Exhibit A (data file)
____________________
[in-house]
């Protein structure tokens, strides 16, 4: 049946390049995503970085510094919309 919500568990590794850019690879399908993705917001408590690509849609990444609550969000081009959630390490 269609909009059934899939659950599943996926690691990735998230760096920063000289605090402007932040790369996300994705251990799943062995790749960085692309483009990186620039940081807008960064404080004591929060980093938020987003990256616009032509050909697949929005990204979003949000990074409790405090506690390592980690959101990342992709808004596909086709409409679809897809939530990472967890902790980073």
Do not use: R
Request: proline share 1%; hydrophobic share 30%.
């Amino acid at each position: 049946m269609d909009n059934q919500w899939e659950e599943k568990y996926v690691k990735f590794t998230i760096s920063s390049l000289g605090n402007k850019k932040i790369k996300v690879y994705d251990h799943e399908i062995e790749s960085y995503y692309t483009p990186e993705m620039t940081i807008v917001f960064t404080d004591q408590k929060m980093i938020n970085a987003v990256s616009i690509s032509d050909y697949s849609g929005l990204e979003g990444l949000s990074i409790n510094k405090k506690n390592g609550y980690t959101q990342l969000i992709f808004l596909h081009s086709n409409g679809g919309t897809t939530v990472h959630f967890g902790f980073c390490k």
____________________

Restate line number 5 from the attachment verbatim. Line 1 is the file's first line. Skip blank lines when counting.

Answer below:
């Amino acid at each position: 049946m269609d909009n059934q919500w899939e659950e599943k568990y996926v690691k990735f590794t998230i760096s920063s390049l000289g605090n402007k850019k932040i790369k996300v690879y994705d251990h799943e399908i062995e790749s960085y995503y692309t483009p990186e993705m620039t940081i807008v917001f960064t404080d004591q408590k929060m980093i938020n970085a987003v990256s616009i690509s032509d050909y697949s849609g929005l990204e979003g990444l949000s990074i409790n510094k405090k506690n390592g609550y980690t959101q990342l969000i992709f808004l596909h081009s086709n409409g679809g919309t897809t939530v990472h959630f967890g902790f980073c390490k």